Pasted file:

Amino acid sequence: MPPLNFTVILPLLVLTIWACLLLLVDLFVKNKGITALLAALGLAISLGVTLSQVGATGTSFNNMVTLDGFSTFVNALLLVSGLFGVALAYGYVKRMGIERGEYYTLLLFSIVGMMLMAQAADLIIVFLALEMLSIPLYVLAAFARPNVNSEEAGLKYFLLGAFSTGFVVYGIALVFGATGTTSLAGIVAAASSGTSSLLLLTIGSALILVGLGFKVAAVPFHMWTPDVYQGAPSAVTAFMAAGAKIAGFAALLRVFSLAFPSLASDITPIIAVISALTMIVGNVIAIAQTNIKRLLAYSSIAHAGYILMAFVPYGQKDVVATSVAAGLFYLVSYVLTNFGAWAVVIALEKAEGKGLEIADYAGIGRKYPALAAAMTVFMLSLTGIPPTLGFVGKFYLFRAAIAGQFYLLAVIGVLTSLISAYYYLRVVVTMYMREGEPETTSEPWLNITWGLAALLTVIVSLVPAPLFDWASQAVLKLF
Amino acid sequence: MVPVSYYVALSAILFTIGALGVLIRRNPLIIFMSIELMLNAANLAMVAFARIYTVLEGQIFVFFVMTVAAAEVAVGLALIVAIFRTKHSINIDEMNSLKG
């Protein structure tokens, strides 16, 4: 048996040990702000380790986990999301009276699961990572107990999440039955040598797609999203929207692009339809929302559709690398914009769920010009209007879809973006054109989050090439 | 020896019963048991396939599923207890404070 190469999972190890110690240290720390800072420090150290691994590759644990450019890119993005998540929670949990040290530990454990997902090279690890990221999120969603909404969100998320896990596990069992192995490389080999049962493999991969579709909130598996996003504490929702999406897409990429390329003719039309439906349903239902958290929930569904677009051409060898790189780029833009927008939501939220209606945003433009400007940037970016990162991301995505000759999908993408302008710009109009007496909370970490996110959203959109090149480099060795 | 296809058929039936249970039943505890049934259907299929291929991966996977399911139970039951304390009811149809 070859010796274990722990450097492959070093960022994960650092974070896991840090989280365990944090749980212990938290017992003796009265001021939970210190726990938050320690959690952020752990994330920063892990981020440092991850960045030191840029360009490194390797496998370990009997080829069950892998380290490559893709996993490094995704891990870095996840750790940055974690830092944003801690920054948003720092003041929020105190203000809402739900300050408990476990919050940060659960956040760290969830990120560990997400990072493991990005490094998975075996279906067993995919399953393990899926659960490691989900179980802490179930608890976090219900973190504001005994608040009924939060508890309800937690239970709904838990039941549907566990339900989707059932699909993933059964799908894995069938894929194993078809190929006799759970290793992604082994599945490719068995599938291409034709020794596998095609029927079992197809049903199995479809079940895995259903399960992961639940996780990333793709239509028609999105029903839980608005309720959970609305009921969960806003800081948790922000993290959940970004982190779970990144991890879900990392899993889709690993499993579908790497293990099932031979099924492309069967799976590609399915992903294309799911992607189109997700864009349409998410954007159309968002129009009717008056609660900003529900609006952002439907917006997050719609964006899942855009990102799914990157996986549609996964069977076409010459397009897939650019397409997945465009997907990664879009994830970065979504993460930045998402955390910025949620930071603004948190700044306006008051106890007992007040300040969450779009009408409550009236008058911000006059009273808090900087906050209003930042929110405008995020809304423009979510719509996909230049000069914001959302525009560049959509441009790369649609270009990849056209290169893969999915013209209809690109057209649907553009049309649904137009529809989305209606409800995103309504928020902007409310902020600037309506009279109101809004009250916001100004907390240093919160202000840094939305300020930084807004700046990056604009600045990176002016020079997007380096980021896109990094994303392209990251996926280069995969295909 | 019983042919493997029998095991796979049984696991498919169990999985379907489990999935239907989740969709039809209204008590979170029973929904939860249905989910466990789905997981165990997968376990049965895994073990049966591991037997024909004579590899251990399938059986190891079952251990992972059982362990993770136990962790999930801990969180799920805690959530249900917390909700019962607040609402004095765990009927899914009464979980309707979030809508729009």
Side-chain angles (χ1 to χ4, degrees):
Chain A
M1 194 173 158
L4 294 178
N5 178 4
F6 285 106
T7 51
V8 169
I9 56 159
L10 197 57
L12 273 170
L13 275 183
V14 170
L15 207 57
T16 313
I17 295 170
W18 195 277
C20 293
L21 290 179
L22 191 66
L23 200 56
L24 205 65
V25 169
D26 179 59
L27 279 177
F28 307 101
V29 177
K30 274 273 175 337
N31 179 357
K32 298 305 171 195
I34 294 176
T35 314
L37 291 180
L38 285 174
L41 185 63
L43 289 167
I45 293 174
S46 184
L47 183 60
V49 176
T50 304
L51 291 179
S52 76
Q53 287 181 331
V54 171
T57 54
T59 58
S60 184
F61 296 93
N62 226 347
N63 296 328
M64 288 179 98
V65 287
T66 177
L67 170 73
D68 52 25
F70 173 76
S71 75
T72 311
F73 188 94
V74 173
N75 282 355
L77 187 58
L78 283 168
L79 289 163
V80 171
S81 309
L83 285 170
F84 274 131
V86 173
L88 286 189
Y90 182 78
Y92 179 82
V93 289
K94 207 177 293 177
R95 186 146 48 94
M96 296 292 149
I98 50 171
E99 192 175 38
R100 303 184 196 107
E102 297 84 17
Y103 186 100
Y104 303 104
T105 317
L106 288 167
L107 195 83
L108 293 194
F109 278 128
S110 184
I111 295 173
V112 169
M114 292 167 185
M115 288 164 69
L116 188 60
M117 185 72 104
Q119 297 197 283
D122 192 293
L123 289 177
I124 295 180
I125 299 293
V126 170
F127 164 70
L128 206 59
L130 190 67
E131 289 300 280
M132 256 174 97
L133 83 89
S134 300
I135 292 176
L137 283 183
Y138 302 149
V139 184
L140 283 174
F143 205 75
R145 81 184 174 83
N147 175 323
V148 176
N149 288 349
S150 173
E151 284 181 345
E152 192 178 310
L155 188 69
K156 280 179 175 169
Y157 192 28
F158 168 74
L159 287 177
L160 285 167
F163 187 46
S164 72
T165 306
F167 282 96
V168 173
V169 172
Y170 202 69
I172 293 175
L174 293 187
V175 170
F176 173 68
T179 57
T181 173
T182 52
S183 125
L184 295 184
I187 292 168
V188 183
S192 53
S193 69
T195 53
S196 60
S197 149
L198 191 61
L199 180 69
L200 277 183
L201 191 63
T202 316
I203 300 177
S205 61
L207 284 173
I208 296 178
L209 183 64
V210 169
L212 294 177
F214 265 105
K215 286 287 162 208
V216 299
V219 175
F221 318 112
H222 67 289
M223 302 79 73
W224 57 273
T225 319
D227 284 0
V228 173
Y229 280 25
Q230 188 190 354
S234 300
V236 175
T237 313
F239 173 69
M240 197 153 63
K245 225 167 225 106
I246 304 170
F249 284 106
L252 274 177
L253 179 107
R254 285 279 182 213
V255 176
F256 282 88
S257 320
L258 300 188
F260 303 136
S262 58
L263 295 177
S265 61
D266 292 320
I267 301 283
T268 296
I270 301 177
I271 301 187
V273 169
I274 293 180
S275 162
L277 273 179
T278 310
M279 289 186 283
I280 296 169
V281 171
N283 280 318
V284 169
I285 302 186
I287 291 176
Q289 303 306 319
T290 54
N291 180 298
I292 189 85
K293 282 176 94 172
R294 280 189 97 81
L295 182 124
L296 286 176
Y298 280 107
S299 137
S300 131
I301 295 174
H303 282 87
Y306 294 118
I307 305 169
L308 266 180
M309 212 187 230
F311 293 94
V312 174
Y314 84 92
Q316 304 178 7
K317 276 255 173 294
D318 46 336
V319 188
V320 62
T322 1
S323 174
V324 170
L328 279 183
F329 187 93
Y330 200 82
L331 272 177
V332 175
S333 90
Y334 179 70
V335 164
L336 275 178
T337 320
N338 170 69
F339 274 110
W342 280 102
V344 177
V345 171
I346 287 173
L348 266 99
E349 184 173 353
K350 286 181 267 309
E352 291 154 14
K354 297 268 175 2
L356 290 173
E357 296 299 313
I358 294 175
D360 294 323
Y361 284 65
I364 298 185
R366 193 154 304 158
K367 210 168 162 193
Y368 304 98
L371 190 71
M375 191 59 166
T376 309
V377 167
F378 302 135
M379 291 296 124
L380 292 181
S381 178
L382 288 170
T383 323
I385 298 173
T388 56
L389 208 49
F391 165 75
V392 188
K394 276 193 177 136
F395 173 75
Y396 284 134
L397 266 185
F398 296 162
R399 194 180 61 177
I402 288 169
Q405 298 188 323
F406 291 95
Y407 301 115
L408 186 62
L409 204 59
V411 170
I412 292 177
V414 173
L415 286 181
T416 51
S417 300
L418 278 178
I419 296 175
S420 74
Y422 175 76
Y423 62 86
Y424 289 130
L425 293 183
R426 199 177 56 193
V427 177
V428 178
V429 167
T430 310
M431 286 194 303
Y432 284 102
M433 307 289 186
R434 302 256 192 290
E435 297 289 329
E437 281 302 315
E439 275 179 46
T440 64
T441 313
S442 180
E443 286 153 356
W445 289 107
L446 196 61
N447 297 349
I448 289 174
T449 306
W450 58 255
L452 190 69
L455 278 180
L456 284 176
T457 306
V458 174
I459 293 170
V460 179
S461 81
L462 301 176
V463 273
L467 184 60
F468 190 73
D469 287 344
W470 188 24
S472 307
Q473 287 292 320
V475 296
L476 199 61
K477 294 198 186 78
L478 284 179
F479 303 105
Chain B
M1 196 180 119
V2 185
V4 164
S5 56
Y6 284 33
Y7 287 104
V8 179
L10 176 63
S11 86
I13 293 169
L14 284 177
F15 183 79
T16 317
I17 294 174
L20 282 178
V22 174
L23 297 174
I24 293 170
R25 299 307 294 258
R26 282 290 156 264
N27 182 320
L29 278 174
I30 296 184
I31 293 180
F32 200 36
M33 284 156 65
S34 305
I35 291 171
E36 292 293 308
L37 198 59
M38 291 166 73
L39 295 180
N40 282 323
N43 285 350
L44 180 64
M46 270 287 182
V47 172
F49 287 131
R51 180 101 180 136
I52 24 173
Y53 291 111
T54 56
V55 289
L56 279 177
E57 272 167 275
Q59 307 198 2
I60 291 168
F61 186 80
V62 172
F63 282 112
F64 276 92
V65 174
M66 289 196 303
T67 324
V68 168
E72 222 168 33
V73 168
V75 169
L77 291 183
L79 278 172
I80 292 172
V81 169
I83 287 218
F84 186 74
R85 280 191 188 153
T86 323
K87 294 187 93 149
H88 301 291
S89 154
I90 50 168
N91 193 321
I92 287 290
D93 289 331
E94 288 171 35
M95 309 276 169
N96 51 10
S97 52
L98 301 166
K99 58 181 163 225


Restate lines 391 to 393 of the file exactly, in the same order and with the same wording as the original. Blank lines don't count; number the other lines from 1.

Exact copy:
L44 180 64
M46 270 287 182
V47 172